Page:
To censure Ohlig-Hall would be an “empty gesture,” would require reading it aloud at the board meeting and transmitting a copy to the Orange County Board of Supervisors, “all of which would waste time, money and effort over somebody who will no longer be an elected official within a few days.”
Atkinson agreed, adding that the resolution’s reference to a third-party “independent” investigator’s report, which relied on hearsay—statements attributed to Ohlig-Hall by Mesa’s in-house (and potentially biased) investigator the day after the alleged incident—was unfair to her.
Predictably, the vote on the motion not to table the resolution failed by a tie vote—Dewane and Fisler for vs. Atkinson and Bockmiller against.
Then on to Bockmiller’s motion to table, which, after comment by one public citizen, also failed 2 -2.
Then it was back to the resolution to censure that remained on the agenda, after all.
Bockmiller, who as the board’s president runs its meetings, admonished that “We are simply speaking about this resolution which is before us tonight” and nothing else.
But Dewane ignored Bockmiller’s instructions, saying that he wanted to make sure that the investigator’s report, a public document, is posted to Mesa’s website. Then he presumed that Ohlig-Hall did not consent to be interviewed by the outside investigator because “she felt that there was nothing else to add to the report…” It [including hearsay testimony about Ohlig-Hall] is the most objective information available, he said, and the public has a right to know about it.
Bockmiller then revealed that Ohlig-Hall had claimed to him that her invitation to be interviewed by the outside investigator came late one afternoon and she was unable on short notice to have her attorney present. “And so she was unable to participate in the interview and no other opportunities were provided,” Bockmiller said.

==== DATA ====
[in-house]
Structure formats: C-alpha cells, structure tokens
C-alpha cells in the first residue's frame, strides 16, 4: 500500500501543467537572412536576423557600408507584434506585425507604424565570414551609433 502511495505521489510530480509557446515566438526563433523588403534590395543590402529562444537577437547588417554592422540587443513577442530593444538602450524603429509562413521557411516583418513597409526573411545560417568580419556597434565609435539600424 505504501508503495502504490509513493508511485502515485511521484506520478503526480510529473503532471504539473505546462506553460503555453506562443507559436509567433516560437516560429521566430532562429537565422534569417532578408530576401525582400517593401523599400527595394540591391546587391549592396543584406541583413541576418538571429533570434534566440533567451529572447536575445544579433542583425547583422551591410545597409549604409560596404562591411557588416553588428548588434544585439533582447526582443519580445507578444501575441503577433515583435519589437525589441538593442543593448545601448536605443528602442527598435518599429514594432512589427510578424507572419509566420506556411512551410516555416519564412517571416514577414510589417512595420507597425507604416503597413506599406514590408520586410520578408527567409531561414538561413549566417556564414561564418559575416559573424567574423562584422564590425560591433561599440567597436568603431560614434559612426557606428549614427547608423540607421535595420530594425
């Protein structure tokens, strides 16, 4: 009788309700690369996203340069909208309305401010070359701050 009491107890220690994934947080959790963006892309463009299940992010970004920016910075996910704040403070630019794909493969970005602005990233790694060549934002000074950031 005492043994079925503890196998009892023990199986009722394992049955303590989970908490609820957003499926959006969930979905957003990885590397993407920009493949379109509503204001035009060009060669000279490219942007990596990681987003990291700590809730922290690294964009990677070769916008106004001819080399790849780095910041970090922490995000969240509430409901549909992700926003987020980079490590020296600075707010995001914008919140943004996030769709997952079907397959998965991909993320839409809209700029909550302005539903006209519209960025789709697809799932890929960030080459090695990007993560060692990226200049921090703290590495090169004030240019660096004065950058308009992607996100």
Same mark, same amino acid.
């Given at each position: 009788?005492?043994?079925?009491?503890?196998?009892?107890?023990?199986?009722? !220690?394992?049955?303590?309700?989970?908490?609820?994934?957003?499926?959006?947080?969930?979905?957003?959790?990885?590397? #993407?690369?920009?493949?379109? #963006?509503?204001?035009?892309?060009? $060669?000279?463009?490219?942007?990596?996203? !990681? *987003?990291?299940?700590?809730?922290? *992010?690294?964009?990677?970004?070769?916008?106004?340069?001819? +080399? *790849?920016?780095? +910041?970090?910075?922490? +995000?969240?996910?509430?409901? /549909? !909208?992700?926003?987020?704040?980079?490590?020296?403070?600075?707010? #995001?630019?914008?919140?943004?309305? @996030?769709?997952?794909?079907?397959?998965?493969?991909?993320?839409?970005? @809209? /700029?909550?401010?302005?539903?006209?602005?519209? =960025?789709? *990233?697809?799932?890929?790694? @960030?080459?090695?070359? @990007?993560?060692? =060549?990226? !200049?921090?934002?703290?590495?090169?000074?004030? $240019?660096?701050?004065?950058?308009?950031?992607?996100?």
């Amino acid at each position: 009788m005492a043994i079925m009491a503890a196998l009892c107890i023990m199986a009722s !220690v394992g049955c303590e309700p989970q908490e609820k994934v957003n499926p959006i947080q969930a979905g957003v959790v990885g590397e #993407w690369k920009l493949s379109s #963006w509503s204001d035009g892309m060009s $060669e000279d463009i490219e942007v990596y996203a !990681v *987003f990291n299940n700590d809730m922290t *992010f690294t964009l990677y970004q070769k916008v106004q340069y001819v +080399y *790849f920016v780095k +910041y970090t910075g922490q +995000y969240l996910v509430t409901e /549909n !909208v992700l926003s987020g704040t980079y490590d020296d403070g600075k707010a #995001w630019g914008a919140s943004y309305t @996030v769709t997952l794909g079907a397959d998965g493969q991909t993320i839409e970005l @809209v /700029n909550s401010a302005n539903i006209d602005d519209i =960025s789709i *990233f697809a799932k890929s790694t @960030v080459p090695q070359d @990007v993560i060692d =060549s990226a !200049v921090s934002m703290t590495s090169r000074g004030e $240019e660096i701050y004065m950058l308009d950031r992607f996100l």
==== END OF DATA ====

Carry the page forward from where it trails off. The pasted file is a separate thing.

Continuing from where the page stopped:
Then Dewane, who had just based his call for censure on hearsay testimony, blew a fuse—because Bockmiller used hearsay.
“If it’s her statement—you making her statement is hearsay,” Dewane complained. “I believe that’s inappropriate to put words in her mouth or take her statement and read it into the record.”
Ohlig-Hall could have defended herself, he said, and her attorney, former Costa Mesa city council member Katrina Foley, is “notorious in the city for representing usually staff members in situations like this rather than board members.”
Ohlig-Hall chose not to defend herself, “So, I would just suggest that your comments, Director Bockmiller, be stricken from the record. It’s inappropriate to make statements on her behalf,” he fumed.
“Director Dewane,” Bockmiller called out.
“Your comments are ruled out of order. And it’s perfectly permissible for me to speak as to what has been communicated to me. This is not a court of law. This is a board meeting.”
More discussion followed from Fisler.
Then, off topic again, Dewane said he wanted to be clear whether the investigator’s report would be made available to the public on the Internet or not.